After being passed over for a significant promotion, you decided it was time to move on from your current job. As luck would have it, you heard about an ideal job that had just become available. You submitted your resume, interviewed with the hiring manager and waited. Then the call came, and you were offered what you felt was your “dream” job pending a background check. You couldn’t have been happier. After all, you had nothing to hide and there weren’t any “skeletons” in your closet, so submitting to an employment background check was simply a routine part of the hiring process.Until it wasn’t.

The employer discovered something during the background check for employment that caused them to rescind their offer. Sadly, this happens more times than you probably thought it did.

An Inside Look at Employment Background Checks

First, let’s look at the “why” of doing an employment background check. You have to realize that the company you’re applying to knows nothing about you. Whatever you’re telling them about yourself may be 100% true and accurate, but they can’t simply take you on your word. Everything you say has to be verified.

This is done for many reasons. Employers have policies in place that are designed to foster a safe workplace for all of their employees. If just one new employee falsified information about their background or employment history, it can end up causing legal problems and liability for the company.

So, what do employment background checks look for?  A thorough background check will look at everything from a candidate’s work and credit history to their driving record to their medical files. The background check will also verify their educational credentials, driving record and social media postings. Most importantly, it will also look for any criminal history. As you can see, it’s pretty comprehensive.

How Background Checks Can be Wrong

If you know you have a clean record, with no criminal charges or prior employment problems, and you know that all the information that you had submitted was accurate and true, how could an employment background check cause you to lose your job offer?

According to the Federal Trade Commission (FTC), identity theft is rising at exponential rates. In 2020 there were 1.4 million victims – double the amount from the previous year. So, it’s quite possible that you were a victim of identity theft as well. Some cybercriminal stole your identity, and while posing as you committed some type of crime or racked up huge credit charges that were never paid.

Another possibility is that when reviewing your social media posts the employer found inappropriate photos or postings that placed you in a very negative light. In fact, almost 54% of employers have disqualified potential employees due to what they found on social media.

In addition, people who have similar names can end up with mismatched profiles on people search sites that indicate there were bankruptcies, court judgments, liens on property, or arrest reports – all in your name, but in reality belonging to a different individual, Despite the mistake, you’ve missed the opportunity to be hired – even though it wasn’t your fault.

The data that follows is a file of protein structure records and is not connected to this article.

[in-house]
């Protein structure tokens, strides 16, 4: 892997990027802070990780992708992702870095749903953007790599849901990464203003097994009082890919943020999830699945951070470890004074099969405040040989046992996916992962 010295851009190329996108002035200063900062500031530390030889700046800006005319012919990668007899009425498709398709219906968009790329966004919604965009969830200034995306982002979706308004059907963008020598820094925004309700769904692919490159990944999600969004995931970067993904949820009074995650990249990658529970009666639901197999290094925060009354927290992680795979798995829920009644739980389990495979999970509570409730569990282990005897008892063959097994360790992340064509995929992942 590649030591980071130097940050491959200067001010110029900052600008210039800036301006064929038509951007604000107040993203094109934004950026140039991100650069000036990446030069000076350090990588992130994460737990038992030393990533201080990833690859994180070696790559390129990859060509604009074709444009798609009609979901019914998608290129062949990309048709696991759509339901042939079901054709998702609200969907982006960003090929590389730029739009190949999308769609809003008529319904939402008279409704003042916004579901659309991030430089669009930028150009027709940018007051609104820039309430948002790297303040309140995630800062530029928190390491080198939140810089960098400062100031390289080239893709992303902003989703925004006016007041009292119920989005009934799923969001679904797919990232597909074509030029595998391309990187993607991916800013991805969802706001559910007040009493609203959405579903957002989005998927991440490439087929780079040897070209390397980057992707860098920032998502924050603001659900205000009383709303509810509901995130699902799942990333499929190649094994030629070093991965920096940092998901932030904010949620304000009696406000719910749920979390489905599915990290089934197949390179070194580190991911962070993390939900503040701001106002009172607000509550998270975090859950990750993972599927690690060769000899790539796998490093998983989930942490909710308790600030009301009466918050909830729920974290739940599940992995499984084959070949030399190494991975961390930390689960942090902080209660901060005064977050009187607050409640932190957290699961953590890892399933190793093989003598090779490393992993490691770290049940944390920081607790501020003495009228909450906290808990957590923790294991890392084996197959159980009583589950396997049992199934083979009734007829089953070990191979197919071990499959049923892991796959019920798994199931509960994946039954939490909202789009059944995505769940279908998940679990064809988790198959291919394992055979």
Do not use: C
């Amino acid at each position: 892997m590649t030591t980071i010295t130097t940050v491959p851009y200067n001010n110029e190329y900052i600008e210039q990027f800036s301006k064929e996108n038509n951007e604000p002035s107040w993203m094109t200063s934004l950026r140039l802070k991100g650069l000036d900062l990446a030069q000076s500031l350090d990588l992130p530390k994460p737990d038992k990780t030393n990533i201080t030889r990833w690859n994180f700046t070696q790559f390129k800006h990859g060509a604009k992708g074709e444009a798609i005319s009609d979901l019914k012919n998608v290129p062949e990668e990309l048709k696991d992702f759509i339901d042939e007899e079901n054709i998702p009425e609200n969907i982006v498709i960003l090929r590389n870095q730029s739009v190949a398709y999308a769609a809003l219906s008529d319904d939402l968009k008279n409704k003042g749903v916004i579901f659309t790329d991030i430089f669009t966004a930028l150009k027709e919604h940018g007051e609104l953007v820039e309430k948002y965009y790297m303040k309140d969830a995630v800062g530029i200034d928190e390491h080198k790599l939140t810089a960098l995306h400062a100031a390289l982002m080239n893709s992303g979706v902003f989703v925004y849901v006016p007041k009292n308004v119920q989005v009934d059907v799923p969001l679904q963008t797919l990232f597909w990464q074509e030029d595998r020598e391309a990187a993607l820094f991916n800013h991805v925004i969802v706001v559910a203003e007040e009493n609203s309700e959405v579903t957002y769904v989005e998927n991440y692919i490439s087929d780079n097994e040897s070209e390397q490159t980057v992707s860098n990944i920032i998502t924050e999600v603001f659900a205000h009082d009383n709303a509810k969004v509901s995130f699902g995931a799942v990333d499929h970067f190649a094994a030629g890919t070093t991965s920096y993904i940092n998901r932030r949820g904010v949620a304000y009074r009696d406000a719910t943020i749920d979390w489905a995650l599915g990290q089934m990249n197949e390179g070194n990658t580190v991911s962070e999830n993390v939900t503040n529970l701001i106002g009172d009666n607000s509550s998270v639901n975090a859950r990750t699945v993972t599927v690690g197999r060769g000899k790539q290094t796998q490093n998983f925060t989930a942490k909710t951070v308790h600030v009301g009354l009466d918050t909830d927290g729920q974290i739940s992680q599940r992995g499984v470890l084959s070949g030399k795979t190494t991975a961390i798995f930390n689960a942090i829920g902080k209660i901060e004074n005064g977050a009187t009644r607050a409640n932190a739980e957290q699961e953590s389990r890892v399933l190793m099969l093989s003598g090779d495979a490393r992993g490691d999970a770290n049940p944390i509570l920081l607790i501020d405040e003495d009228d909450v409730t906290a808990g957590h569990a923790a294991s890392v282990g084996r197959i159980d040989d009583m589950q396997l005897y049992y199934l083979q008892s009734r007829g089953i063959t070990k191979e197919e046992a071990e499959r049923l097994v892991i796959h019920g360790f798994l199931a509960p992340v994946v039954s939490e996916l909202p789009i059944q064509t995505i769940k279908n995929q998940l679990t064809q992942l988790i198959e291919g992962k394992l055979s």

How to Protect Yourself

Ok, so what can you do to protect yourself when a potential employer conducts an employment background check? The key is to prepare for that background check before it happens. Start by searching your name on Google. Most people don’t realize it, but Google records every website you visit, every purchase you make and everything you do online. They have a pretty comprehensive record of your activities and a really good record on you. You’re looking for anything about you that might hurt your chances of being hired.

The biggest thing you can do is to remove all the unauthorized information about you from the people search sites. Unfortunately, that’s often easier said than done. Here’s why: there are more than 100 people search sites, including WhitePages, Pipl, Spokeo and PeekYou, and each one has its own rules and methods for deleting information and opting out of the site.

If you were to do this on your own, it would take weeks, if not longer. And if you’re thinking of hiring someone to do this for you, plan on spending lots of money, because it requires a lot of expertise and still will take the persona a lot of time to get it done. This adds up pretty quickly, so it gets very expensive.

Another suggestion – clean up all your social media sites. Remove any questionable posts or photos, and adjust your privacy settings so others can’t see what’s posted. An additional tactic is to create your own web page, focusing on topics that relate to the industry you’re applying for work in. Write articles and white papers and post them on your site to showcase your knowledge about the industry you want to work in.

Here’s one more suggestion: get intimate with LinkedIn. It’s a business-to-business social media site that attracts top management and business leaders – and keeps it as a business-focused platform. If you can, connect with as many people in your industry as you can, so you can always say that you’re connected with the right colleagues in your field. Ask others for references and post them on your LinkedIn page. The more you have, the better.

By following these suggestions, you’ll be one step ahead of the competition when a company decides to run an employment background check on you.

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